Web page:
“We are going to take over this state,” Foxx declared. “We have a great large group of people, and that group is growing. A true, actual right-wing takeover is happening right now in the state of Idaho. And there’s nothing that these people can do about it. So if you’re a legislator here, either get in line, or get out of the way.”
Foxx, 36, isn’t from Idaho. He only recently moved from California to Post Falls. But in the video, he showed off photos of himself posing with a string of prominent Republican politicians in the state as he explained who he’s supporting in the upcoming primaries, slated for May 17.
Gregory Thielker,, Rainy Day in Washington, DC
He was especially excited about a selfie he’d taken a week prior: It showed him and fellow white nationalist Dave Reilly, a recent Pennsylvania transplant also living in Post Falls, standing alongside Idaho’s lieutenant governor, Janice McGeachin. All three were smiling.
“We’re supporting her,” Foxx said, bragging of his movement’s “deep connections” to McGeachin, whom former President Donald Trump endorsed in the GOP primary race for governor. Foxx then explained how his particular brand of Christian white nationalism is poised to conquer Idaho, then the country.
“The solution is local politics: Amassing power in these pockets of the country until it’s time to unify,” he said. “I’ve only been here for a couple of months and I’m tapped in the way that I am. You can do it too.”
Fascists like Foxx are famous fabulists, experts at exaggerating their influence and success. But Foxx wasn’t just talking shit.
He is one of many far-right activists who have flocked to Idaho in recent years, where a large and growing radical MAGA faction in the state’s Republican Party has openly allied itself with extremists to a shocking extent, even for the Trump era. This faction is accruing more and more power in Boise, the state capital: Imagine a statehouse full of Marjorie Taylor Greenes and Steve Kings. At the local level, they have seized seats on school boards and county commissions at a fast clip.
Please read the rest. This could easily happening in other small states.
New Covid Wave
The Washington Post: Top Biden health officials sound warning on rising covid infections.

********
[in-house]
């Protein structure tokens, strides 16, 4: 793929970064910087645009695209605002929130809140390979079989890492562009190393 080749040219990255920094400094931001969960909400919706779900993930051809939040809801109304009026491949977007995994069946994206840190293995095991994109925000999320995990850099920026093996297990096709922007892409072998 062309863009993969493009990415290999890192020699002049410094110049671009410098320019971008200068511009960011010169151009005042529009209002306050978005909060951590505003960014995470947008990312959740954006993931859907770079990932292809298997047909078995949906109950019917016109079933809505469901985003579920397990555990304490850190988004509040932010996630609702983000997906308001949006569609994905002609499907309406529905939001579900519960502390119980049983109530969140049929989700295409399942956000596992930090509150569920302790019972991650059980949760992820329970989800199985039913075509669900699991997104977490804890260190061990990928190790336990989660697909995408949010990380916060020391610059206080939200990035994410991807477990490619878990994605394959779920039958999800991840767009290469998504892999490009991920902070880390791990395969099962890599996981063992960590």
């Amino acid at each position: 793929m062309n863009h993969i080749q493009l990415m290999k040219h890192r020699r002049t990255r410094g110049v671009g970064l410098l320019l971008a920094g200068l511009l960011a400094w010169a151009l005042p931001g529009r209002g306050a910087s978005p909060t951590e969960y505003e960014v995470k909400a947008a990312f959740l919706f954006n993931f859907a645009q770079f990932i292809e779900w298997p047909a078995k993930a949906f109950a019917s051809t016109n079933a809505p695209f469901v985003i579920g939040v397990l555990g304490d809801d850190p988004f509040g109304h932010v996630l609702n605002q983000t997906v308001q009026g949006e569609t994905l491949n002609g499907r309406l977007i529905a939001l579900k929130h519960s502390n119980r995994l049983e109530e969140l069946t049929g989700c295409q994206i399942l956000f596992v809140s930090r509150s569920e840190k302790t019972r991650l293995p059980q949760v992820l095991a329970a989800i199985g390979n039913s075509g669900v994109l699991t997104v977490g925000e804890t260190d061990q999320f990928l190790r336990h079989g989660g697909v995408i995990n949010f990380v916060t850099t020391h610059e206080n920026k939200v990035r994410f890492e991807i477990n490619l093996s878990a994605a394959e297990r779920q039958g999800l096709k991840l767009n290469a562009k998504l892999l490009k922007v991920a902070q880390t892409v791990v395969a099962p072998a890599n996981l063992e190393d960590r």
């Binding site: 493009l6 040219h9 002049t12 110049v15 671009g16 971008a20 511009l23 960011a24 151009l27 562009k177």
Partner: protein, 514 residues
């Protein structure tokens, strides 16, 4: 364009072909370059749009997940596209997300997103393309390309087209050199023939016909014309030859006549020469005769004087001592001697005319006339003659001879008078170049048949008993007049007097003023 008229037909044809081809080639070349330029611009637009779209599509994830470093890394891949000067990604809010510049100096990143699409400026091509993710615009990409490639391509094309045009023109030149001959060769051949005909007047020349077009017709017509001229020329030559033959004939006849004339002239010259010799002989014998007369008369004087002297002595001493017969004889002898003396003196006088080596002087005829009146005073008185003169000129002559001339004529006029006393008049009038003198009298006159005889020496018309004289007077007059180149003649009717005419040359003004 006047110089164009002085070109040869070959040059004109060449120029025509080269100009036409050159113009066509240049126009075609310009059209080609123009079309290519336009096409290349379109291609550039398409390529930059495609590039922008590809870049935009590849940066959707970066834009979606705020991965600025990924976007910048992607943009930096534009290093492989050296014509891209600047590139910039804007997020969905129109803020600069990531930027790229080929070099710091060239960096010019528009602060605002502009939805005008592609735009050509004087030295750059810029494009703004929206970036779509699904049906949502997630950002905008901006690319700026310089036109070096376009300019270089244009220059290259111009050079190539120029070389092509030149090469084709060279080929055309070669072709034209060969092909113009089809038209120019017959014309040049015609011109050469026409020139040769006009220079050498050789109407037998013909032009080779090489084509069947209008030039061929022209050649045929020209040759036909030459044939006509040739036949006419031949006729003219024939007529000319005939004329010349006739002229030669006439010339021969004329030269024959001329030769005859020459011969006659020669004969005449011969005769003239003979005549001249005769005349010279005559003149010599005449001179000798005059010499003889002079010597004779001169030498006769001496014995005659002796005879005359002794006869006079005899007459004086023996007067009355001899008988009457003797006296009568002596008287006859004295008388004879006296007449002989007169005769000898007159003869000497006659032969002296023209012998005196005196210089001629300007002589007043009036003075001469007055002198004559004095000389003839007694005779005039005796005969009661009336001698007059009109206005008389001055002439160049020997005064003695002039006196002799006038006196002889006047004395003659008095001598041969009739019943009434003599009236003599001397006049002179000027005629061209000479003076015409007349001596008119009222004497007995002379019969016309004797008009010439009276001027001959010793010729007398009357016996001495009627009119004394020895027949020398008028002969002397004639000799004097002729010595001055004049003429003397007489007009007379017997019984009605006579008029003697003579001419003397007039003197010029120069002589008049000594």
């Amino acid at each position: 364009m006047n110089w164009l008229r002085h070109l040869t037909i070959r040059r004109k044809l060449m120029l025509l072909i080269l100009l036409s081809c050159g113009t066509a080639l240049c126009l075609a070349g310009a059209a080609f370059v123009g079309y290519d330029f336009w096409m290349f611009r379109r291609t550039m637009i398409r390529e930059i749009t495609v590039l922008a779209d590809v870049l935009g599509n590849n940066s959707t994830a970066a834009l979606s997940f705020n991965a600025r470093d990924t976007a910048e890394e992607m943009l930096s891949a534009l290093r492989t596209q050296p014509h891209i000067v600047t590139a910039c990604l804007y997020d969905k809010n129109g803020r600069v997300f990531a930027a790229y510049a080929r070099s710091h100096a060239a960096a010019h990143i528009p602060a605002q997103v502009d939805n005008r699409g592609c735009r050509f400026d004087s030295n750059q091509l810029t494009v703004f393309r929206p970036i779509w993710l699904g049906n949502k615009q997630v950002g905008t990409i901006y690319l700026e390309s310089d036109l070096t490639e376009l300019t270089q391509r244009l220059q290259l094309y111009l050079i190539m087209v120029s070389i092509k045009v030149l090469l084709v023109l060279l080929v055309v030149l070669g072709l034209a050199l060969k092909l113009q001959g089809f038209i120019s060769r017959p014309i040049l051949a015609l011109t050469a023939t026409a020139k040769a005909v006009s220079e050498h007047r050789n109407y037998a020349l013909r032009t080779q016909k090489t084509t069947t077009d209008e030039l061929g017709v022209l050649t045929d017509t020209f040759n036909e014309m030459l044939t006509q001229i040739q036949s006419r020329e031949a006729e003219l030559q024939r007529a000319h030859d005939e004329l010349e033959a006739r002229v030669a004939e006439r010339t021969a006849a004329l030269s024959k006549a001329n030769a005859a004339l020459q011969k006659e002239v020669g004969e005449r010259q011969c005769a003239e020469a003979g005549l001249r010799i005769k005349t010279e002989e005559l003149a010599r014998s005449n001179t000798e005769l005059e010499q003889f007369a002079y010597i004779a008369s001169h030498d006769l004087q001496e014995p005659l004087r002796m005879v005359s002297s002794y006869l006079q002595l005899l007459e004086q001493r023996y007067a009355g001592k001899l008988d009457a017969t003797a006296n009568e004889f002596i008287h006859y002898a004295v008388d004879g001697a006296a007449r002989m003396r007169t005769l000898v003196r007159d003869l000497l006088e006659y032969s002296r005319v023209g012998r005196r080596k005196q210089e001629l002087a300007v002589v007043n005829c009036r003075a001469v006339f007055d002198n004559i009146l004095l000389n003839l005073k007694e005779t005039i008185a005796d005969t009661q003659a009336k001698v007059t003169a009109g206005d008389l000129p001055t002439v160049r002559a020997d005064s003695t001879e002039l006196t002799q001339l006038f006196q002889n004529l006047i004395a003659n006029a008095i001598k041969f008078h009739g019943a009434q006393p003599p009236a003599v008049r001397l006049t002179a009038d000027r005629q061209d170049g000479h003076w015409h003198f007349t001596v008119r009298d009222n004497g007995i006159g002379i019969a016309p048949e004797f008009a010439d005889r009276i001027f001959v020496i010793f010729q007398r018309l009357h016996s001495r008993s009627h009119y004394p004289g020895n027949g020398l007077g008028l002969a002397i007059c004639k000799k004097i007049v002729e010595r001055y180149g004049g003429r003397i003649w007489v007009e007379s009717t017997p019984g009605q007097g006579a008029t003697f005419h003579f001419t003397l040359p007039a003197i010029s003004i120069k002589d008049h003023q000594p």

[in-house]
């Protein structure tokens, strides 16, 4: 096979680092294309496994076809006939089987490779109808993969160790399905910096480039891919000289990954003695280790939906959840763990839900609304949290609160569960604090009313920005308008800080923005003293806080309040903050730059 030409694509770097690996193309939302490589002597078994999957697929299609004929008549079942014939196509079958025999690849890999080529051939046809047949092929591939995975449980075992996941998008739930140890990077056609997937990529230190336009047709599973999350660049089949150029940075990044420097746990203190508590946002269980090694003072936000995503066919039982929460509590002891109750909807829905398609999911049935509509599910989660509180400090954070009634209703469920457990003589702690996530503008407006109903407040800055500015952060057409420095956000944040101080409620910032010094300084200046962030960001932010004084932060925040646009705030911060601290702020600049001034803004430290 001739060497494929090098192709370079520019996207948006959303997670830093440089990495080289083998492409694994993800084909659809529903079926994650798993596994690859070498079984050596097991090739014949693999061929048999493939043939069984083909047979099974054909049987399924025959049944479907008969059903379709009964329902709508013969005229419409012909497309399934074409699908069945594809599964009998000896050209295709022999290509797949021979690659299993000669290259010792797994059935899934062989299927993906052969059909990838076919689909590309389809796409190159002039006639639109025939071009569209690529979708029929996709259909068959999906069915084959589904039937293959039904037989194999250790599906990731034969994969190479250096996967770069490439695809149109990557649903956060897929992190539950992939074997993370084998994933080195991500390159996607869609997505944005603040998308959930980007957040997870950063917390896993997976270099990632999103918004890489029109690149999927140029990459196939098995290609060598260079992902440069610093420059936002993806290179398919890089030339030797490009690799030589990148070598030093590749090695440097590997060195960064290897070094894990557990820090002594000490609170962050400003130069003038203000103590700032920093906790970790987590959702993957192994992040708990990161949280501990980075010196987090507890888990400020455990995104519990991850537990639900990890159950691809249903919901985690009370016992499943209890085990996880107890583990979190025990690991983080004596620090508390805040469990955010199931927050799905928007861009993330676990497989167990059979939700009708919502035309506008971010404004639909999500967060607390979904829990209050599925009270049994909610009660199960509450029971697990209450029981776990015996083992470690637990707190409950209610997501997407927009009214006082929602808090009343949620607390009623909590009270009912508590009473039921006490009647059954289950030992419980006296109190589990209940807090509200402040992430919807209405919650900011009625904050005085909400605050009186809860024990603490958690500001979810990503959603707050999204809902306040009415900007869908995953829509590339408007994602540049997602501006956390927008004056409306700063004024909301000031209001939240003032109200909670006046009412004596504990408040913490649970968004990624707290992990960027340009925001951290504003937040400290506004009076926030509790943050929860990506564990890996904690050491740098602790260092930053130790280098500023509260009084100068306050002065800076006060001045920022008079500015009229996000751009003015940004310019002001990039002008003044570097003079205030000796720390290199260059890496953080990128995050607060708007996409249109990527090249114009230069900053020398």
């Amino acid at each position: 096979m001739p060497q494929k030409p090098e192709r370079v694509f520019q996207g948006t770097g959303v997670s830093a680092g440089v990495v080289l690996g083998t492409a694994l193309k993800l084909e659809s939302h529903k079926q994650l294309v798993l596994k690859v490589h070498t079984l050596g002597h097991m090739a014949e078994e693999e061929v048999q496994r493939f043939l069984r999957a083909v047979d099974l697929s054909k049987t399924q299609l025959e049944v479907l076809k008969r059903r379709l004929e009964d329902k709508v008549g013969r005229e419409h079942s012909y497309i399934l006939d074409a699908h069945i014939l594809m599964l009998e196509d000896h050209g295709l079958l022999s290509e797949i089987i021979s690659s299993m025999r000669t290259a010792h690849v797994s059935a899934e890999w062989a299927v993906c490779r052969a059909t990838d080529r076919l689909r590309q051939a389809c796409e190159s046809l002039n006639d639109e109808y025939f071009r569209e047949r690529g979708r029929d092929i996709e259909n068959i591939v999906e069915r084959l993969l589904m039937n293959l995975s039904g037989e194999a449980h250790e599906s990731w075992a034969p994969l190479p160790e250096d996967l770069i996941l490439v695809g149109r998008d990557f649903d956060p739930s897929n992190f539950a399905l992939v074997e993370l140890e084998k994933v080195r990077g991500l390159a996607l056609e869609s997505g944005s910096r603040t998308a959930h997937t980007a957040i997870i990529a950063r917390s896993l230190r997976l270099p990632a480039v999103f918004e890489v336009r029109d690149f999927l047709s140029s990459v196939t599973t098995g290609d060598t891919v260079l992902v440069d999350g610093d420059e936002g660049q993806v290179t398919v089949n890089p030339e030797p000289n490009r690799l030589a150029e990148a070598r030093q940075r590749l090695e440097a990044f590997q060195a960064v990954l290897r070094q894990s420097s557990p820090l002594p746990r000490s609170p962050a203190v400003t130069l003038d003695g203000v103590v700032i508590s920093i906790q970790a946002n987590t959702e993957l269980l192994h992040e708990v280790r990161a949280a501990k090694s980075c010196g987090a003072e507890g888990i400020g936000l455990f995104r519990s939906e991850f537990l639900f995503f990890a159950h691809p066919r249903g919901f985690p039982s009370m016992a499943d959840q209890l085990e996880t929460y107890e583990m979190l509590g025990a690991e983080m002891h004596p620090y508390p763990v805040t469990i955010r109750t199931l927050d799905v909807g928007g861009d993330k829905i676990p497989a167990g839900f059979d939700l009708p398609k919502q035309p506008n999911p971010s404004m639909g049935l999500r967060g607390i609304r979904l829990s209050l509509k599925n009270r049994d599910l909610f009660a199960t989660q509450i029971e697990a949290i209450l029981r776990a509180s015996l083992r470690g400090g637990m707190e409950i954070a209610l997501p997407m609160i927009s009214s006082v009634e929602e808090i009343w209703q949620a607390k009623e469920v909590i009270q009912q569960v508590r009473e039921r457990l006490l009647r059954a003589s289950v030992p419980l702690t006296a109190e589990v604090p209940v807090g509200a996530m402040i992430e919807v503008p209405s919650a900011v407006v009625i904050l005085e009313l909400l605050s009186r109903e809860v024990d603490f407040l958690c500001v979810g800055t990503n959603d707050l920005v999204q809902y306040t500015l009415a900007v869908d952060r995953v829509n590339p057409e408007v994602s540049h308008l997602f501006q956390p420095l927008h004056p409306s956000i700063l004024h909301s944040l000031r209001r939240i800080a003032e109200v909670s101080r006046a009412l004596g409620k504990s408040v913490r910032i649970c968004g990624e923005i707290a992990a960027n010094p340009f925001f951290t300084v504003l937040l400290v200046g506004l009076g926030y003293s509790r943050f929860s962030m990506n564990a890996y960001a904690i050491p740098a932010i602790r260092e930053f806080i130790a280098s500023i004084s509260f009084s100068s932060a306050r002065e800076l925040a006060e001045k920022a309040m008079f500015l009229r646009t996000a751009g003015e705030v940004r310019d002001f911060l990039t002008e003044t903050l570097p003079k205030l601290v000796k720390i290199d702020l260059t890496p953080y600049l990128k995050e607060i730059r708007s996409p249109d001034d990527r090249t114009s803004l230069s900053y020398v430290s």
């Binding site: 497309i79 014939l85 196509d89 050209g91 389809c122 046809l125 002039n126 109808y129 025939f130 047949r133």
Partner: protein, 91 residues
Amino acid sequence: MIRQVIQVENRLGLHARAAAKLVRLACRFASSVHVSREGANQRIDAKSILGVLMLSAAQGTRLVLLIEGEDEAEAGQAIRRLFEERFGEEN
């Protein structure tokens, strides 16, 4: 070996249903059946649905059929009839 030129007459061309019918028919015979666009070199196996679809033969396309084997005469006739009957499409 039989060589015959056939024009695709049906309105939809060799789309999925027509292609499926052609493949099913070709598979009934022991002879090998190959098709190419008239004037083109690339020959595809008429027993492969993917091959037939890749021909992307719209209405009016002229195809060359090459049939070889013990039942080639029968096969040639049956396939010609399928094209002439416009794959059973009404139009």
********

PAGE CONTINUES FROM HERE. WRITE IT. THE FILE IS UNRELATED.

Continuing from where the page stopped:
Top Biden administration officials warned Wednesday that one-third of Americans live in communities experiencing rising levels of coronavirus cases and hospitalizations and urged them to resume taking personal protection measures, including wearing masks.
The increase in new infections — nearing 100,000 a day — comes as the nation heads into Memorial Day weekend with its large gatherings and travel. That case count is almost certainly an undercount, officials said, given the widespread use of at-home tests for which results are often not reported to health officials.
Rochelle Walensky, director of the Centers for Disease Control and Prevention, strongly encouraged those living in communities designated yellow or orange, indicating they have large numbers of new infections and hospitalizations, to consider wearing masks in indoor public spaces and taking other steps to protect themselves.
“As we’re currently seeing a steady rise of cases in parts of the country, we encourage everyone to use the menu of tools we have today to prevent further infection and severe disease, including wearing a mask, getting tested, accessing treatments early if infected and getting vaccinated or boosted,”she said.
Wednesday’s warnings from Walensky and two other officials — Ashish Jha, White House coronavirus coordinator, and Anthony S. Fauci, President Biden’s chief medical adviser — came on the same day the United States surpassed the grim milestone of 1 million covid-19 deaths, a toll that even the starkest predictions at the start of the pandemic in 2020 did not anticipate.
In the Rain, Franz Marc
Also from The Washington Post: How big is the latest U.S. coronavirus wave? No one really knows.
Experts say Americans can assume that infections in their communities are five to 10 times the official counts.
“Any sort of look at the metrics on either a local, state or national level is a severe undercount,” said Jessica Malaty Rivera, an epidemiologist at the Pandemic Prevention Institute, housed at theRockefeller Foundation. “Everyone knows someone getting covid now.”
Hospitalizations nationally have increased 57 percent since bottoming out six weeks ago. But the roughly 23,000 covid patients in hospitals over the last week still represent nearly the lowest hospitalization levels of the entire pandemic.The recentincrease is led by the Northeast, where hospitalization rates are almost twice as high as in any other region.
Reported cases of covid have also tripled in the Northeast in just over a month, driving much of the growth nationally, according to the Centers for Disease Control and Prevention.The country has averaged about 100,000 new cases each day over the past week —more than three times as high as at the lowest point in March.